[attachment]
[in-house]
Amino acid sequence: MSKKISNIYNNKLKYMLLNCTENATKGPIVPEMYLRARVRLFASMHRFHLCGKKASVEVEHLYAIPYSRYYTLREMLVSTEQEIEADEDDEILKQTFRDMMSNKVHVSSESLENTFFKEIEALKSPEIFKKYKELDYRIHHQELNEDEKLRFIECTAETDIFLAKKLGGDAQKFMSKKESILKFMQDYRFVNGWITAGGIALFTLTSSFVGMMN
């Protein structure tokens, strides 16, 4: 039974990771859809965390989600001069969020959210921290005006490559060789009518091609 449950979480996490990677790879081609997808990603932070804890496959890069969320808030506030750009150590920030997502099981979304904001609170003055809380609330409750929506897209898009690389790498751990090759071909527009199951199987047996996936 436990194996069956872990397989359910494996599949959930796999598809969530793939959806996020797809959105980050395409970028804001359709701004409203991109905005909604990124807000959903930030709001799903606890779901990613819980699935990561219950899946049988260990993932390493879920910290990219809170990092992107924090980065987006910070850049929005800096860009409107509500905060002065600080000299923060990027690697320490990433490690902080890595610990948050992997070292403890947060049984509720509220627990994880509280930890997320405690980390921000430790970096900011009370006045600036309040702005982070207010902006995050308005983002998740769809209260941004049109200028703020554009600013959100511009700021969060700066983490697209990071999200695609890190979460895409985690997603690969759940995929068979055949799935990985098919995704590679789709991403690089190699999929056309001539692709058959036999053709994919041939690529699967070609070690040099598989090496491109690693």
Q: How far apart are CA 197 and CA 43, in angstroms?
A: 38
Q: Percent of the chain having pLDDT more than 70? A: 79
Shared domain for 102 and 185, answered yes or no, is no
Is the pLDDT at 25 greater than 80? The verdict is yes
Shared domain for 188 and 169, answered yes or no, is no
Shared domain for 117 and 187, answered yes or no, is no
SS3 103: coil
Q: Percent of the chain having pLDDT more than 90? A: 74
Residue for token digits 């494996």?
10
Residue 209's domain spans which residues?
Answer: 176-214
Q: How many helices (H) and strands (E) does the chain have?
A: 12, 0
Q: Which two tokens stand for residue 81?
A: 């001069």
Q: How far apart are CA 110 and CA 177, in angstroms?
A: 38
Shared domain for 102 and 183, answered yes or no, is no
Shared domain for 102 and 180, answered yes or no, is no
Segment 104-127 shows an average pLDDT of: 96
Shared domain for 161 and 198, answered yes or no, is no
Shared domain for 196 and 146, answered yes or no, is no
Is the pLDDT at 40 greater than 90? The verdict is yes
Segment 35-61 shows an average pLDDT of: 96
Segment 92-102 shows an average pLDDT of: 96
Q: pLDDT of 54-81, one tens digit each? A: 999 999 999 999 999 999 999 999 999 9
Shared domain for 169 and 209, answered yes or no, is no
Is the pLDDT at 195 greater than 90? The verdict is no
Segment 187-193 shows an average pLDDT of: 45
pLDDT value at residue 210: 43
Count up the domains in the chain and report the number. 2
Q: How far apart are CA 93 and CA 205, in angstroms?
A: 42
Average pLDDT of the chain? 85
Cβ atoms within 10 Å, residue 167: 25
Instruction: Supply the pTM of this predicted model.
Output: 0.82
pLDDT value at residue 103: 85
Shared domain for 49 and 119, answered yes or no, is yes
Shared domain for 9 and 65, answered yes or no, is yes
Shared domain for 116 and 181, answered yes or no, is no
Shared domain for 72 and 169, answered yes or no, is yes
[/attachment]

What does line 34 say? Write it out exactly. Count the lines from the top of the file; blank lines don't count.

Segment 187-193 shows an average pLDDT of: 45